In the past century, there have been 15 recessions in the US. In 11 of them, stock returns were positive two years after the recession began.
With activity in many industries sharply curtailed in an effort to reduce the chances of spreading the coronavirus, some economists say a recession is inevitable, if one hasn’t already begun.1 From a markets perspective, we have already experienced a drop in stocks, as prices have likely incorporated the growing chance of recession. Investors may be tempted to abandon equities and go to cash because of perceptions of recessions and their impact. But across the two years that follow a recession’s onset, equities have a history of positive performance.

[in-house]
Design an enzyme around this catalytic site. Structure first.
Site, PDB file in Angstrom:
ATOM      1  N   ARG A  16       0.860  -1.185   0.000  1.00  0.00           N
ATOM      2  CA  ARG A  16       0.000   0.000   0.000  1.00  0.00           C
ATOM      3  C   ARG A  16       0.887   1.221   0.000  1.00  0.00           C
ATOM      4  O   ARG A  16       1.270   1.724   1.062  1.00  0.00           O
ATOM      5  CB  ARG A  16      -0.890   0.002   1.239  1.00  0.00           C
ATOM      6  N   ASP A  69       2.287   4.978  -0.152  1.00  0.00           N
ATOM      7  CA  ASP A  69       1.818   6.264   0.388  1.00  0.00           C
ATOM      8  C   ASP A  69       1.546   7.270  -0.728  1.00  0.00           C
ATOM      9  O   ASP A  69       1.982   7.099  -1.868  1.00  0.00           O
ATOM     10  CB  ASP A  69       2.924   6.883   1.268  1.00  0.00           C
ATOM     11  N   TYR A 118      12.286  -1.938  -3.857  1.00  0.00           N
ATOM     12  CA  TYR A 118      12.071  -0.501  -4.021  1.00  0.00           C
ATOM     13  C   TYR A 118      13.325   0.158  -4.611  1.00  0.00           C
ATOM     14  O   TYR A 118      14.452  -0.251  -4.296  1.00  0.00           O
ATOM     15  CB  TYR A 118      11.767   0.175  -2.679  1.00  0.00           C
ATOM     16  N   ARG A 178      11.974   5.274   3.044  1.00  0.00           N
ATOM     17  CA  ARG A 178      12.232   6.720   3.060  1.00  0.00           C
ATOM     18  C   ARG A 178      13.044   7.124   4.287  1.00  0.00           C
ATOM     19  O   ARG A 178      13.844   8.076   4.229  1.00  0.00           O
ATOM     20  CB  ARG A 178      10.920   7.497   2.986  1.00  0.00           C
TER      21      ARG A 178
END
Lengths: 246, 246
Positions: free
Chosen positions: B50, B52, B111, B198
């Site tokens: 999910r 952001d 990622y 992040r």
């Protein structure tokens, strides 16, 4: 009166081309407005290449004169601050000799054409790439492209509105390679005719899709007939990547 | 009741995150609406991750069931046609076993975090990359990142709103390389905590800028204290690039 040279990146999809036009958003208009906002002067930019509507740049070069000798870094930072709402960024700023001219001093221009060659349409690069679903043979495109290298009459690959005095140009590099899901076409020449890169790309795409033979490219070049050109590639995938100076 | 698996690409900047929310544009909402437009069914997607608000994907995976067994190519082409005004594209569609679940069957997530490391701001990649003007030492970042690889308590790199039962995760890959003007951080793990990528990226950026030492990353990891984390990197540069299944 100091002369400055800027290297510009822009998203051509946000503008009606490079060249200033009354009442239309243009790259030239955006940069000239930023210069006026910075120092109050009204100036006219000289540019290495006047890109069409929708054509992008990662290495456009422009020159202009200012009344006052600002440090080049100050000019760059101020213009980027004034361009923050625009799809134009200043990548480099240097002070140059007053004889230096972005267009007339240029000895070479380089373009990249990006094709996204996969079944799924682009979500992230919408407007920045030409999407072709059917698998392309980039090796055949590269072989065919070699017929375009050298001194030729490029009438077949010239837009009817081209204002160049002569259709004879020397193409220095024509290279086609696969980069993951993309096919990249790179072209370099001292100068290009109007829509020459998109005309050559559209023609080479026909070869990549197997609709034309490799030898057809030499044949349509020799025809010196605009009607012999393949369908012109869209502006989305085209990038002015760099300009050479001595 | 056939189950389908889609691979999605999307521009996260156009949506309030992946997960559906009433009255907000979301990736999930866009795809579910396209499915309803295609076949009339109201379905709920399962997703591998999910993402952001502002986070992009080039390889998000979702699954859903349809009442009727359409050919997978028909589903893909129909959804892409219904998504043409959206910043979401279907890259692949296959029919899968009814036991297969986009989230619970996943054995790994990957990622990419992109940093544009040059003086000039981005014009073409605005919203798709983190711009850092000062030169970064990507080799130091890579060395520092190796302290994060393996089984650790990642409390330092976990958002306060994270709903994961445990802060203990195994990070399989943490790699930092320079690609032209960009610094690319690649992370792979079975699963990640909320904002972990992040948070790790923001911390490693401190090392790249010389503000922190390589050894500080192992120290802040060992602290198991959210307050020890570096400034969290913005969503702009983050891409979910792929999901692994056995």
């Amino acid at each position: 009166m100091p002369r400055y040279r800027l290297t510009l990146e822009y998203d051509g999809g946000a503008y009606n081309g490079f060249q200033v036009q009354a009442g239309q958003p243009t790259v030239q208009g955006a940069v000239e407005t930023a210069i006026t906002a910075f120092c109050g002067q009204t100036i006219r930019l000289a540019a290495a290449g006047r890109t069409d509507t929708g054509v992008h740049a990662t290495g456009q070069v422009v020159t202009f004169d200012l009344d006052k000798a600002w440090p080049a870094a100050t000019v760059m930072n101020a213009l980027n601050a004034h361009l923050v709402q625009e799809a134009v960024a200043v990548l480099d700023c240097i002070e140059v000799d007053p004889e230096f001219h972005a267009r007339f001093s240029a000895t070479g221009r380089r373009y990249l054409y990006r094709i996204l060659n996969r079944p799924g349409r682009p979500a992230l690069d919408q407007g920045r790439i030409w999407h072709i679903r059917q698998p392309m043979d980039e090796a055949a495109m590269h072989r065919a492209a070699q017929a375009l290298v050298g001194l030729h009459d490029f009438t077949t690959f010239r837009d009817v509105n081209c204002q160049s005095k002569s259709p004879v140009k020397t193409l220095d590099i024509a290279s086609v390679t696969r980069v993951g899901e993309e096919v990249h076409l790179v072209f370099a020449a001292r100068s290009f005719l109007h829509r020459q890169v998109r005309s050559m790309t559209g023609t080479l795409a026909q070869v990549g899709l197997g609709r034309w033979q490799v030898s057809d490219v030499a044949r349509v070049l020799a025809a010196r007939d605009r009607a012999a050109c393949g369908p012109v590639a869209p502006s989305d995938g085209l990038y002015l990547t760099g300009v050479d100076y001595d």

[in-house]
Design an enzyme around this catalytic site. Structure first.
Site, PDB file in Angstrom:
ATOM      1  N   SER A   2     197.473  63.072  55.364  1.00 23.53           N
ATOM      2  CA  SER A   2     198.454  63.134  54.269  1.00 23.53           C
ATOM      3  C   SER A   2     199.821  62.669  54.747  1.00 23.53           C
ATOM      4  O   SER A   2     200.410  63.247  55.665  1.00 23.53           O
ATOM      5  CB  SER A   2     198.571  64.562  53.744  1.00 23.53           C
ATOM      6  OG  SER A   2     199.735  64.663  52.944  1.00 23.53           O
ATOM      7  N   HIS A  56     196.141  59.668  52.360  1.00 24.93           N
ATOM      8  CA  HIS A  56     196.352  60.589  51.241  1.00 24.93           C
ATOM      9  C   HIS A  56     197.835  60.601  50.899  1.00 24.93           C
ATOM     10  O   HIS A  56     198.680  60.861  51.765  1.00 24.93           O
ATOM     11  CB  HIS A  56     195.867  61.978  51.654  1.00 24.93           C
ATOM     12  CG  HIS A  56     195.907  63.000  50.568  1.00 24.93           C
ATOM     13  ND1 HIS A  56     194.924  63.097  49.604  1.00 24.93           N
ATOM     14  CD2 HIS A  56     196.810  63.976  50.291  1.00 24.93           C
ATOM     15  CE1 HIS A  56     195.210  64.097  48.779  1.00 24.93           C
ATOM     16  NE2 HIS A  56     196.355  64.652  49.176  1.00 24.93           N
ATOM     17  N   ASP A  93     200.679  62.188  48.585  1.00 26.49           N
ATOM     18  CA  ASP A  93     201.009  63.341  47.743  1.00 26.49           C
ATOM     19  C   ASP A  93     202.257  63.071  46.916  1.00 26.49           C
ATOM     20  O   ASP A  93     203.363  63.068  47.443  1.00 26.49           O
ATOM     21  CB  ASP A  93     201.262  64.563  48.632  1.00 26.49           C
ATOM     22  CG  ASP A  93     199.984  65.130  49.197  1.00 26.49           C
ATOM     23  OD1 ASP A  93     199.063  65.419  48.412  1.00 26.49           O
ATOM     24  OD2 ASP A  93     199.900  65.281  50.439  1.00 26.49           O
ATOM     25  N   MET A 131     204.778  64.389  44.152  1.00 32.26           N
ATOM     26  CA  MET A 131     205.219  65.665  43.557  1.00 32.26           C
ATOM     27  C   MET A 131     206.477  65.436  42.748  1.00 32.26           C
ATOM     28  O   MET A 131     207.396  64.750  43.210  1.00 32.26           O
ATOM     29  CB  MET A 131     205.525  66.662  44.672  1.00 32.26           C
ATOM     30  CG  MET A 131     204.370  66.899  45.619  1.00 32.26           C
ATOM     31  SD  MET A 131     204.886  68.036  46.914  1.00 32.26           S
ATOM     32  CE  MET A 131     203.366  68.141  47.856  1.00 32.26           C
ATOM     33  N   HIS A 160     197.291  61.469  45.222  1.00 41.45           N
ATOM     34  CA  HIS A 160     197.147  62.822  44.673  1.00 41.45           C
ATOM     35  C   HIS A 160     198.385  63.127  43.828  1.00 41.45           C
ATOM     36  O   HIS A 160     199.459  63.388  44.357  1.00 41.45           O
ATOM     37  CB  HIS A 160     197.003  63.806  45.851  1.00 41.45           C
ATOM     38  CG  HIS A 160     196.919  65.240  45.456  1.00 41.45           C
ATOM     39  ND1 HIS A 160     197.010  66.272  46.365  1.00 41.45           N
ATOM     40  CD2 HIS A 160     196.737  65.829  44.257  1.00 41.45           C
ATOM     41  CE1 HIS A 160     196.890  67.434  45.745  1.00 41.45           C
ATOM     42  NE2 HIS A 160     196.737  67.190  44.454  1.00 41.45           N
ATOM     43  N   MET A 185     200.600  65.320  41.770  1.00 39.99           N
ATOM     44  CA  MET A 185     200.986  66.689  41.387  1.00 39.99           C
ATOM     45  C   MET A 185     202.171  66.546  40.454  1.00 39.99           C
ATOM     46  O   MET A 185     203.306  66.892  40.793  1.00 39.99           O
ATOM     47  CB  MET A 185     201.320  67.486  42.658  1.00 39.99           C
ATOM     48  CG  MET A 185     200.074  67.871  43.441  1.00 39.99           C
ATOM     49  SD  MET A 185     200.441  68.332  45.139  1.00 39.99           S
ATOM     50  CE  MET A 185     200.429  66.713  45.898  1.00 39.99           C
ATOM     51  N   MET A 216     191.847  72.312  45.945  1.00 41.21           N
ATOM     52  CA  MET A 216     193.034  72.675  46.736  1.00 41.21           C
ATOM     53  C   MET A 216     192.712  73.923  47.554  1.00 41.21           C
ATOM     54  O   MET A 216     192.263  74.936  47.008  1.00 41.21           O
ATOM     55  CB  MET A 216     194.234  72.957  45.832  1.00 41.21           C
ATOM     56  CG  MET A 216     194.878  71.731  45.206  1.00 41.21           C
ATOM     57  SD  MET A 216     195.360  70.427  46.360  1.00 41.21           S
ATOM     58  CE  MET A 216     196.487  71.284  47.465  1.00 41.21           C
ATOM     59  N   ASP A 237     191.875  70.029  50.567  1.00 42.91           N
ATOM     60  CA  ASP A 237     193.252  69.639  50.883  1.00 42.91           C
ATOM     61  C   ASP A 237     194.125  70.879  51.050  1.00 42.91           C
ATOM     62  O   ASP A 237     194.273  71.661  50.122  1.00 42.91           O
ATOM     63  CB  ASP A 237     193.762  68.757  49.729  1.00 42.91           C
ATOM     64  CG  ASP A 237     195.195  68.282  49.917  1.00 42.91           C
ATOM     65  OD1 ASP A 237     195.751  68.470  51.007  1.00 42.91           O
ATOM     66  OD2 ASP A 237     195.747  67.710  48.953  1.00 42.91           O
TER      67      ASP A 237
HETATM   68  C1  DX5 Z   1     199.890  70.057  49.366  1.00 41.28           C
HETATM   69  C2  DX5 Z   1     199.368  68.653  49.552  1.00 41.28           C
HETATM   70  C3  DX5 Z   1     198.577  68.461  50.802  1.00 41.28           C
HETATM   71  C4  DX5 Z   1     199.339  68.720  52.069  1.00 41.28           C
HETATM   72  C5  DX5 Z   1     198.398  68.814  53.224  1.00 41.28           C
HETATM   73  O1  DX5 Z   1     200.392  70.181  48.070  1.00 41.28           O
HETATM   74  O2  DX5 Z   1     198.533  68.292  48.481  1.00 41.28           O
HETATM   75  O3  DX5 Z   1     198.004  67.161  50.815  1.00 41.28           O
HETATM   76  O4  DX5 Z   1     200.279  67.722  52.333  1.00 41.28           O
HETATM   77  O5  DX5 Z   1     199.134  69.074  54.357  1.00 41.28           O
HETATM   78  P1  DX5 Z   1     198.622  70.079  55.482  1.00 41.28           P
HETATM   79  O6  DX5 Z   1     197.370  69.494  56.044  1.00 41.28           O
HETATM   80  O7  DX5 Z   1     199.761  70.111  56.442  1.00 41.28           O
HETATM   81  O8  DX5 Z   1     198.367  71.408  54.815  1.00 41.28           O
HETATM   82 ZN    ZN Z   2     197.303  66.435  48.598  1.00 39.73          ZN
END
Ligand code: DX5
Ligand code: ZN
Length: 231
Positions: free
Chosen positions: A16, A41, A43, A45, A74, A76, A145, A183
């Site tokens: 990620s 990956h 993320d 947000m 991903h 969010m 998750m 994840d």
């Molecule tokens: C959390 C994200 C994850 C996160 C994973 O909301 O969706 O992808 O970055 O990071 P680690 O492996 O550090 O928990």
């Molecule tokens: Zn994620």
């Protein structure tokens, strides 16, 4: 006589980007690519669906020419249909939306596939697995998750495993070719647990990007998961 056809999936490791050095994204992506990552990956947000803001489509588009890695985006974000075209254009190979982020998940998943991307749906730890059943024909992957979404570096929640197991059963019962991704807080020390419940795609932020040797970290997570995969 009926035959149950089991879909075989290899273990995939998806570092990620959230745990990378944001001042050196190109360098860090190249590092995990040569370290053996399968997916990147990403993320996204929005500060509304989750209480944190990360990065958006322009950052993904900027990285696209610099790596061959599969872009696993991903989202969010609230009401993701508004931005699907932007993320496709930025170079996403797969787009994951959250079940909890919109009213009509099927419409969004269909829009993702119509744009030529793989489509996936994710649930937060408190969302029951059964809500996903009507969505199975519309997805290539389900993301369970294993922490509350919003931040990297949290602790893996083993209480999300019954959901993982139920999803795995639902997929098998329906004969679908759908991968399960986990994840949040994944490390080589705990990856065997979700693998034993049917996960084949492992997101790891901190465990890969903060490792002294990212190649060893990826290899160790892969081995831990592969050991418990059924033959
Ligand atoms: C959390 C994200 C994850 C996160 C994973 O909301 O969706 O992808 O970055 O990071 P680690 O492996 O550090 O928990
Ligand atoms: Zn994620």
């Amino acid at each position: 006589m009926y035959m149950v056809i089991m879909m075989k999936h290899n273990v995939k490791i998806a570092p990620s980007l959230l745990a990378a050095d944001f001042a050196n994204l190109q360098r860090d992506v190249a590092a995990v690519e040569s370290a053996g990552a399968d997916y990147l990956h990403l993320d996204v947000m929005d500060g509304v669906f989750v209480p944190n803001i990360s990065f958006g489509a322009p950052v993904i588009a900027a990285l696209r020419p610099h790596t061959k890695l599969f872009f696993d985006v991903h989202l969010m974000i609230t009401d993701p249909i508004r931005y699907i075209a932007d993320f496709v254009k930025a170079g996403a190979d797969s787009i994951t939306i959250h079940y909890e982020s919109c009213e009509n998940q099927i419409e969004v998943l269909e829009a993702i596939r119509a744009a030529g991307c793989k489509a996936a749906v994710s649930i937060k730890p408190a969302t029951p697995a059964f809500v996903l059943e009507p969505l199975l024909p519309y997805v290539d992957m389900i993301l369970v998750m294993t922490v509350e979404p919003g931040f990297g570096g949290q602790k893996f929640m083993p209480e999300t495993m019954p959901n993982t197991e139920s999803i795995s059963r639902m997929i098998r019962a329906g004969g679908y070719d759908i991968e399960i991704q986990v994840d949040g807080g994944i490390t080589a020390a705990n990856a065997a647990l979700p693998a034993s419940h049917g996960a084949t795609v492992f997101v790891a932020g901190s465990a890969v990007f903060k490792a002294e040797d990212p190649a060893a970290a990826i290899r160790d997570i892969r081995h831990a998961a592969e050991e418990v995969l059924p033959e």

Data covering the past century’s 15 US recessions show that investors tended to be rewarded for sticking with stocks. Exhibit 1 shows that in 11 of the 15 instances, or 73% of the time, returns on stocks were positive two years after a recession began. The annualized market return for the two years following a recession’s start averaged 7.8%.
Past performance, including hypothetical performance, is not a guarantee of future results.
Recessions understandably trigger worries over how markets might perform. But history can be a comfort for investors wondering whether now may be the time to move out of stocks.